Monday, June 25, 2018

But Wait a Sec . . . Is that really the Best Way?

 A Less-than-Ideal Example

After I wrote the previous blog post, I had a good think about a couple of things. One was that my situation with Anovisions provides, occasionally, less-than-ideal entry points into studies.I often enter a study long after many of the critical first decisions about data gathering, data type, and even research questions have been made by the people who have decided to hire a statistician. My methods for getting my head around a study, which I have started to describe in the previous blog post, are therefore rather ad hoc and perhaps not the best methods for researchers in environments where they have more control over the methods.

At this point in the conversation, therefore, I'm going to go in a couple of different directions. Let's have a look at a process that is more or less ideal for a data explorer, and after that, let's go back to how to manage when you are required to be the statistics expert entering in the middle of an exploration that has already been begun by people who are savvy in their businesses but not necessarily trained as data scientists or statisticians.

An Ideal Example

In this example, you have just been handed data and you have been asked to see what you can learn from it. It's a data scientist's dream: you can follow a process that allows you to find whatever the data has to offer.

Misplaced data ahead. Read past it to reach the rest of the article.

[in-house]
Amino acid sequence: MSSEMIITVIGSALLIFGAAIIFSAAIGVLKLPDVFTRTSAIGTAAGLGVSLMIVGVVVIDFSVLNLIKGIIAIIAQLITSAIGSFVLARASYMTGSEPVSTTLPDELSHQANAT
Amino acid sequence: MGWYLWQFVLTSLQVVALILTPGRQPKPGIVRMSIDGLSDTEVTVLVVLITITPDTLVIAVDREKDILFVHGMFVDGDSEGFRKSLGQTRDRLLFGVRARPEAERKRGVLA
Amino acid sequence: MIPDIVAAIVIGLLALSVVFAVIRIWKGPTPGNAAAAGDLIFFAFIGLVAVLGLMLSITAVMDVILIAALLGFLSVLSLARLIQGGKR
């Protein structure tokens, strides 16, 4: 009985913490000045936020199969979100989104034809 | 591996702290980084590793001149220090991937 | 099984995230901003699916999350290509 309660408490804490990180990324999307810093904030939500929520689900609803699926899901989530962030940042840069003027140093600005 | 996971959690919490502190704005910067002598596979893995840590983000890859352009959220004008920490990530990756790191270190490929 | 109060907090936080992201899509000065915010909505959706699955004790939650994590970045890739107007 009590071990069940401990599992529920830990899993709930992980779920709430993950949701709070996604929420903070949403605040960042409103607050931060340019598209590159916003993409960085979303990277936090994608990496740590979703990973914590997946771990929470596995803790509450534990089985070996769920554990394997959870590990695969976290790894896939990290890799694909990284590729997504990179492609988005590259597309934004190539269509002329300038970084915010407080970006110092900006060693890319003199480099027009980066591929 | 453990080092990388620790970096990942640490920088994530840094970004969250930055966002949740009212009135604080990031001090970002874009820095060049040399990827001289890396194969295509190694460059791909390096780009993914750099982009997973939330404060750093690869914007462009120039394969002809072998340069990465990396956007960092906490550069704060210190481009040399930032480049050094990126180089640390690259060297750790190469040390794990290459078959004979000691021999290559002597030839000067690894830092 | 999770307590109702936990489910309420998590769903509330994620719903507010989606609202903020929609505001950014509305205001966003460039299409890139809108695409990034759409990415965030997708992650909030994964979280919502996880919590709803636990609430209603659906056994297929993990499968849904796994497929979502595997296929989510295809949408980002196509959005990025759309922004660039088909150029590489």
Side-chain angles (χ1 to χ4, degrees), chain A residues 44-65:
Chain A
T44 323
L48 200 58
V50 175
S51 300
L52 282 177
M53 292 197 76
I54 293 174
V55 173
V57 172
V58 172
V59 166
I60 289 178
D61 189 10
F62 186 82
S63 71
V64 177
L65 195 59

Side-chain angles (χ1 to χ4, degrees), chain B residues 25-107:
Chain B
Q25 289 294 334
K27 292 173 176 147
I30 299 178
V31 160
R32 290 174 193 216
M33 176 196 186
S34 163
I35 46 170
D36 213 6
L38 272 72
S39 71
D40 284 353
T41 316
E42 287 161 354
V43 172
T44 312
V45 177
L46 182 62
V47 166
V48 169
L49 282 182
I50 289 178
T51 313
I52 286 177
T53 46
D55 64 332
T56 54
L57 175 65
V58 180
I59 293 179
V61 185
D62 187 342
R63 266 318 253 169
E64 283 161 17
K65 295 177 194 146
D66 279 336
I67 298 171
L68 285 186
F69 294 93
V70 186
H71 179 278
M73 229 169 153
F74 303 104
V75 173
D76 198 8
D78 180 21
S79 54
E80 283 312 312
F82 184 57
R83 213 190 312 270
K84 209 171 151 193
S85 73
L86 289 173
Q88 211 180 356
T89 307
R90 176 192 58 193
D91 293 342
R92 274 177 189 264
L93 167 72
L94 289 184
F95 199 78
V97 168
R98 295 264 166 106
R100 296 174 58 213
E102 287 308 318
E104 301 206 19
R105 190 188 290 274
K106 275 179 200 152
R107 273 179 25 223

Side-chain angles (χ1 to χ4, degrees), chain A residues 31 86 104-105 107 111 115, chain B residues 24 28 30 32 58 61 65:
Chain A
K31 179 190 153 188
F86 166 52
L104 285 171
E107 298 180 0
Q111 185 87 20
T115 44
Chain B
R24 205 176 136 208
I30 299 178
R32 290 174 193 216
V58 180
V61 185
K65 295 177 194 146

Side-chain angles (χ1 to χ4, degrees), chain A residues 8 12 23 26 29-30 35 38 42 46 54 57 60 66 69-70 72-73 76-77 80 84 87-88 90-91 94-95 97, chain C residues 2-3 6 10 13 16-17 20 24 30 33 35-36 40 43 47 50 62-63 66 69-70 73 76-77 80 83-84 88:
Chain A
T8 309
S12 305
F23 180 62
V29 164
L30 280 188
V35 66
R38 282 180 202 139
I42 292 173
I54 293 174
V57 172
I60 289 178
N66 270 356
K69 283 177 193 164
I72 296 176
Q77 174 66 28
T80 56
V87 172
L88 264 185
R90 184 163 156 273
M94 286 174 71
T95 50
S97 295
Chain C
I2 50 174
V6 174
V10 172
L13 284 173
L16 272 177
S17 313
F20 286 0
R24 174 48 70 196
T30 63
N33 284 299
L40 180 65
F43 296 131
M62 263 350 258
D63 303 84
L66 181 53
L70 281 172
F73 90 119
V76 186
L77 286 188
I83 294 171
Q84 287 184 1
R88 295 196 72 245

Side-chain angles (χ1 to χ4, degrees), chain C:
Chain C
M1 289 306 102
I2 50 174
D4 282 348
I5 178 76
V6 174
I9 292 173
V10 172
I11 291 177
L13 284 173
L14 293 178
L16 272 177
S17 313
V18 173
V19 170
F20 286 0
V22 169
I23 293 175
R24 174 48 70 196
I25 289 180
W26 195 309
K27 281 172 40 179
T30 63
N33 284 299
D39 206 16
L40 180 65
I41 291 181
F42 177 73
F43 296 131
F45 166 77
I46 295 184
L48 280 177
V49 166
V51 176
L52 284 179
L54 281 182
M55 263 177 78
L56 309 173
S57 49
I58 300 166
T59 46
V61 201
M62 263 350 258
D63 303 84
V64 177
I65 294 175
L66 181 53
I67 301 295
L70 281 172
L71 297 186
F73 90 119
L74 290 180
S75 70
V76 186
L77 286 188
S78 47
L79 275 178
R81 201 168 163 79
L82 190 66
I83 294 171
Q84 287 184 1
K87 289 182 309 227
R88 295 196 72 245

Choose Your Tools

Roger Peng, PhD of Johns Hopkins is an articulate
proponent of the R Programming Language. 
We have our pick of tools, so let's use R to do the analysis. It's powerful, flexible, free, open-source data analysis software and I love it. So does Roger Peng, PhD of Johns Hopkins University, and he says why in this video that introduces a really fun course on R programming that you might want to take some day. I did and it was excellent.

Installing R and RStudio

To learn how to install R and RStudio on your own computer so you can follow along with the data analysis step by step, please see this video.
To learn how to install R and RStudio on a Mac, see this video. Dr. Peng talks fast, so you may need to pause frequently as you follow along on your computer.

We will continue in this vein for our next few posts.

This time I'll let somebody else do the talking.

Every now and again you come across an answer to a question that is just so clear that you want to bookmark it so that you can find it again if something like the original question you were googling comes up again. That just happened to me. I was googling "How are linear regression models, ANOVAs, and ANCOVAs related?" because it is a long time since I have had to do those equations by hand and all I remembered was that I learned them together because they relied on the same basic formulae. What those formulae were, I had completely forgotten.

Thanks, SAS, SPSS, Python, and R, for doing all the work for me and letting my brain atrophy.

Here is an answer to my question that is so good that I'm giving it space on my blog. Thanks, Karen Grace-Martin, for tapping this out so the rest of us could have the benefit of your explanation.